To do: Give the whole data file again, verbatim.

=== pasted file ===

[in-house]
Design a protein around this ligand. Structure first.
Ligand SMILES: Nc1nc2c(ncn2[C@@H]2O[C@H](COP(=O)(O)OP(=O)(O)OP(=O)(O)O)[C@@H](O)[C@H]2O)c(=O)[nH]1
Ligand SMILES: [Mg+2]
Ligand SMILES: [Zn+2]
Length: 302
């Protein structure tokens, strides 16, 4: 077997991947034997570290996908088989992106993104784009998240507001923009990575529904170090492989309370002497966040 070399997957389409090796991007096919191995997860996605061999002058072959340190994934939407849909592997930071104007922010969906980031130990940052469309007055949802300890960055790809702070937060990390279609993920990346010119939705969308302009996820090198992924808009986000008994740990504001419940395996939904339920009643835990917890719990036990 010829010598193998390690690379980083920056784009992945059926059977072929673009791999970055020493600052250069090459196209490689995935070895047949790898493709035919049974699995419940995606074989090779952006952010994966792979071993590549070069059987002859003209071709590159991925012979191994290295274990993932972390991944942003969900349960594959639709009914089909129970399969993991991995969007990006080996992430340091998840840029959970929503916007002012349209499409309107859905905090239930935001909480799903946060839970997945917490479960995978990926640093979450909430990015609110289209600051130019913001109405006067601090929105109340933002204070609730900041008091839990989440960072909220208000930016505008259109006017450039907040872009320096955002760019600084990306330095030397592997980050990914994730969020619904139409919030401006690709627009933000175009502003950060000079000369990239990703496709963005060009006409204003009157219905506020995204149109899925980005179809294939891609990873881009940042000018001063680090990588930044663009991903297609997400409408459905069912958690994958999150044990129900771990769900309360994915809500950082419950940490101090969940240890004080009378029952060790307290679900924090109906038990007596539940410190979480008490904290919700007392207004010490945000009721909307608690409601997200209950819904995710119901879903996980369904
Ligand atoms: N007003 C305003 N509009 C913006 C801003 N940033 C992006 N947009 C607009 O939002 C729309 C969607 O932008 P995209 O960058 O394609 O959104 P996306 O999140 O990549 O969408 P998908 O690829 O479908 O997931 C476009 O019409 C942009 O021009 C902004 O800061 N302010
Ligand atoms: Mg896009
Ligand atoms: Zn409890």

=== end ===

[in-house]
Design a protein around this ligand. Structure first.
Ligand SMILES: Nc1nc2c(ncn2[C@@H]2O[C@H](COP(=O)(O)OP(=O)(O)OP(=O)(O)O)[C@@H](O)[C@H]2O)c(=O)[nH]1
Ligand SMILES: [Mg+2]
Ligand SMILES: [Zn+2]
Length: 302
């Protein structure tokens, strides 16, 4: 077997991947034997570290996908088989992106993104784009998240507001923009990575529904170090492989309370002497966040 070399997957389409090796991007096919191995997860996605061999002058072959340190994934939407849909592997930071104007922010969906980031130990940052469309007055949802300890960055790809702070937060990390279609993920990346010119939705969308302009996820090198992924808009986000008994740990504001419940395996939904339920009643835990917890719990036990 010829010598193998390690690379980083920056784009992945059926059977072929673009791999970055020493600052250069090459196209490689995935070895047949790898493709035919049974699995419940995606074989090779952006952010994966792979071993590549070069059987002859003209071709590159991925012979191994290295274990993932972390991944942003969900349960594959639709009914089909129970399969993991991995969007990006080996992430340091998840840029959970929503916007002012349209499409309107859905905090239930935001909480799903946060839970997945917490479960995978990926640093979450909430990015609110289209600051130019913001109405006067601090929105109340933002204070609730900041008091839990989440960072909220208000930016505008259109006017450039907040872009320096955002760019600084990306330095030397592997980050990914994730969020619904139409919030401006690709627009933000175009502003950060000079000369990239990703496709963005060009006409204003009157219905506020995204149109899925980005179809294939891609990873881009940042000018001063680090990588930044663009991903297609997400409408459905069912958690994958999150044990129900771990769900309360994915809500950082419950940490101090969940240890004080009378029952060790307290679900924090109906038990007596539940410190979480008490904290919700007392207004010490945000009721909307608690409601997200209950819904995710119901879903996980369904
Ligand atoms: N007003 C305003 N509009 C913006 C801003 N940033 C992006 N947009 C607009 O939002 C729309 C969607 O932008 P995209 O960058 O394609 O959104 P996306 O999140 O990549 O969408 P998908 O690829 O479908 O997931 C476009 O019409 C942009 O021009 C902004 O800061 N302010
Ligand atoms: Mg896009
Ligand atoms: Zn409890």